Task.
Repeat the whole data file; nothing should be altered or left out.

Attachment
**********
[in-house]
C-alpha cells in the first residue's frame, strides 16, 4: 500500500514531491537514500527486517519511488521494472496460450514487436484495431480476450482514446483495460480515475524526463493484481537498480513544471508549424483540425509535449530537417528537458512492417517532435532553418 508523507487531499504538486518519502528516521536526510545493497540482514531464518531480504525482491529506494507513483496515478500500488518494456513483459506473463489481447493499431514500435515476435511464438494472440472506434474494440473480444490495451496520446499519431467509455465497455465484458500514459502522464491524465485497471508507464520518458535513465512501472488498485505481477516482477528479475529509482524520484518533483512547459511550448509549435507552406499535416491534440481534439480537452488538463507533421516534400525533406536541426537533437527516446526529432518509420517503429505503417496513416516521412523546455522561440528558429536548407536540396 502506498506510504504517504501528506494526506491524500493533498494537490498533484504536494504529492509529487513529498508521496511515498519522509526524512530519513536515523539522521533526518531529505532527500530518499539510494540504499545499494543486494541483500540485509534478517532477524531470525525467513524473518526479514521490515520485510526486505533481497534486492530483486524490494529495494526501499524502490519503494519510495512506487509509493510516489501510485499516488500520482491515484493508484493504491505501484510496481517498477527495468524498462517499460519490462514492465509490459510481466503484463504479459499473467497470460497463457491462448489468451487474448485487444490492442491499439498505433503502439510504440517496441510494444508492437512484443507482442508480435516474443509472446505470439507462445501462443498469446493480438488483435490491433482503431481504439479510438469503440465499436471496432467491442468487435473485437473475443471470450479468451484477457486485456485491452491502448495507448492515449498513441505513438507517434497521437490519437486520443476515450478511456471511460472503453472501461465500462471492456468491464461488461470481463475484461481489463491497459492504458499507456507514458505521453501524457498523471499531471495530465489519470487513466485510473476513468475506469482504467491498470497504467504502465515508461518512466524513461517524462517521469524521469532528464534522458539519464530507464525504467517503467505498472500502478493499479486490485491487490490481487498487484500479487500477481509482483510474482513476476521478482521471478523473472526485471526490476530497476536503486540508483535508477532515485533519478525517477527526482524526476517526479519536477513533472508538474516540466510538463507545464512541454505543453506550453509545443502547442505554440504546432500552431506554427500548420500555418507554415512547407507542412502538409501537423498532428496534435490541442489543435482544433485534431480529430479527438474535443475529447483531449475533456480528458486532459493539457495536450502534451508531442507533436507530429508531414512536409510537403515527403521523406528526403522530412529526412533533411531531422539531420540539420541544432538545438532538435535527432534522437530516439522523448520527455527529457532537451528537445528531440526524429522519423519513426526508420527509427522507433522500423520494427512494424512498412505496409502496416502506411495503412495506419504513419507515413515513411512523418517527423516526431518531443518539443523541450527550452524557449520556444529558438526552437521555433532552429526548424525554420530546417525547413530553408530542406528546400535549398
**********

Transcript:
[in-house]
C-alpha cells in the first residue's frame, strides 16, 4: 500500500514531491537514500527486517519511488521494472496460450514487436484495431480476450482514446483495460480515475524526463493484481537498480513544471508549424483540425509535449530537417528537458512492417517532435532553418 508523507487531499504538486518519502528516521536526510545493497540482514531464518531480504525482491529506494507513483496515478500500488518494456513483459506473463489481447493499431514500435515476435511464438494472440472506434474494440473480444490495451496520446499519431467509455465497455465484458500514459502522464491524465485497471508507464520518458535513465512501472488498485505481477516482477528479475529509482524520484518533483512547459511550448509549435507552406499535416491534440481534439480537452488538463507533421516534400525533406536541426537533437527516446526529432518509420517503429505503417496513416516521412523546455522561440528558429536548407536540396 502506498506510504504517504501528506494526506491524500493533498494537490498533484504536494504529492509529487513529498508521496511515498519522509526524512530519513536515523539522521533526518531529505532527500530518499539510494540504499545499494543486494541483500540485509534478517532477524531470525525467513524473518526479514521490515520485510526486505533481497534486492530483486524490494529495494526501499524502490519503494519510495512506487509509493510516489501510485499516488500520482491515484493508484493504491505501484510496481517498477527495468524498462517499460519490462514492465509490459510481466503484463504479459499473467497470460497463457491462448489468451487474448485487444490492442491499439498505433503502439510504440517496441510494444508492437512484443507482442508480435516474443509472446505470439507462445501462443498469446493480438488483435490491433482503431481504439479510438469503440465499436471496432467491442468487435473485437473475443471470450479468451484477457486485456485491452491502448495507448492515449498513441505513438507517434497521437490519437486520443476515450478511456471511460472503453472501461465500462471492456468491464461488461470481463475484461481489463491497459492504458499507456507514458505521453501524457498523471499531471495530465489519470487513466485510473476513468475506469482504467491498470497504467504502465515508461518512466524513461517524462517521469524521469532528464534522458539519464530507464525504467517503467505498472500502478493499479486490485491487490490481487498487484500479487500477481509482483510474482513476476521478482521471478523473472526485471526490476530497476536503486540508483535508477532515485533519478525517477527526482524526476517526479519536477513533472508538474516540466510538463507545464512541454505543453506550453509545443502547442505554440504546432500552431506554427500548420500555418507554415512547407507542412502538409501537423498532428496534435490541442489543435482544433485534431480529430479527438474535443475529447483531449475533456480528458486532459493539457495536450502534451508531442507533436507530429508531414512536409510537403515527403521523406528526403522530412529526412533533411531531422539531420540539420541544432538545438532538435535527432534522437530516439522523448520527455527529457532537451528537445528531440526524429522519423519513426526508420527509427522507433522500423520494427512494424512498412505496409502496416502506411495503412495506419504513419507515413515513411512523418517527423516526431518531443518539443523541450527550452524557449520556444529558438526552437521555433532552429526548424525554420530546417525547413530553408530542406528546400535549398